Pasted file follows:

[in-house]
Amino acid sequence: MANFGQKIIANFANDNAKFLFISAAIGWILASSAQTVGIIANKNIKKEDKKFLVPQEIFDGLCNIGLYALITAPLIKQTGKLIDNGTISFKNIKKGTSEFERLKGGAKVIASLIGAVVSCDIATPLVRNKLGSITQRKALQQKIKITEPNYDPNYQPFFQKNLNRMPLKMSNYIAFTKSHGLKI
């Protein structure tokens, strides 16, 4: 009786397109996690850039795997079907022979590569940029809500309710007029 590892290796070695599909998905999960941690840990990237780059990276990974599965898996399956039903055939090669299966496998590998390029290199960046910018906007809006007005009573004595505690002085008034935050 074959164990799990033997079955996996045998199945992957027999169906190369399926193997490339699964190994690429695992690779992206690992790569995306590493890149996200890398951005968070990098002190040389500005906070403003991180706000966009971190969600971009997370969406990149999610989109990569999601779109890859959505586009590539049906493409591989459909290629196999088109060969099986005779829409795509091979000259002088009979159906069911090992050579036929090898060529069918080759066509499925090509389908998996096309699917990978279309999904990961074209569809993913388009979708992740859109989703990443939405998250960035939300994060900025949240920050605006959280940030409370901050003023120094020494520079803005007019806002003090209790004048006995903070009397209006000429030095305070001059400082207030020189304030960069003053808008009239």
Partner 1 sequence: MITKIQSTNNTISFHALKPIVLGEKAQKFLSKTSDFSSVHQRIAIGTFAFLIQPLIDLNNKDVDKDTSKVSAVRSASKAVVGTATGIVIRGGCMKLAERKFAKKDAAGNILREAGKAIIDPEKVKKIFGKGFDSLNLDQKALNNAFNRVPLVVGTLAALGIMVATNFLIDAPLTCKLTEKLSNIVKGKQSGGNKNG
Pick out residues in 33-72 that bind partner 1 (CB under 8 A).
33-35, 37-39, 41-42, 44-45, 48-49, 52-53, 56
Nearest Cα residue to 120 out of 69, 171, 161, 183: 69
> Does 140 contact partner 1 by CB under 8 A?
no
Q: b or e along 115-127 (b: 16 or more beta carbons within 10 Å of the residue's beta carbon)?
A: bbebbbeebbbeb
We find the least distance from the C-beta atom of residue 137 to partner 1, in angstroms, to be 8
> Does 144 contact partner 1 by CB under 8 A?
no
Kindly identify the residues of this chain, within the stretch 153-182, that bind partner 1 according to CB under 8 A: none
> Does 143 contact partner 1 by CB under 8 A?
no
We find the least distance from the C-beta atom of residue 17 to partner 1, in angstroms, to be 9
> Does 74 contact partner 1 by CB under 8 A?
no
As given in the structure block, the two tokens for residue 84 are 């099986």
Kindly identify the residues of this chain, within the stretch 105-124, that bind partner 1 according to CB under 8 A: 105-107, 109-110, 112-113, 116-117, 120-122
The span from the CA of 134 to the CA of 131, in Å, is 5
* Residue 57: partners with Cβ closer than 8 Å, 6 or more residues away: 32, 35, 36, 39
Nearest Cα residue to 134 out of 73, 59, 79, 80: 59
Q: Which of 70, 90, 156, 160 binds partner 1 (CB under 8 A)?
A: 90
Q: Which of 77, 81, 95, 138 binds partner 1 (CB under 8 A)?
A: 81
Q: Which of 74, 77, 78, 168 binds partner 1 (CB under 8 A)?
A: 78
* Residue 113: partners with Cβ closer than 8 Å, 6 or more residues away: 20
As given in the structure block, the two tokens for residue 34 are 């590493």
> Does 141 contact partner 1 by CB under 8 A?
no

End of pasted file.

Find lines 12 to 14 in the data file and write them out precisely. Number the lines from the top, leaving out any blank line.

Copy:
We find the least distance from the C-beta atom of residue 137 to partner 1, in angstroms, to be 8
> Does 144 contact partner 1 by CB under 8 A?
no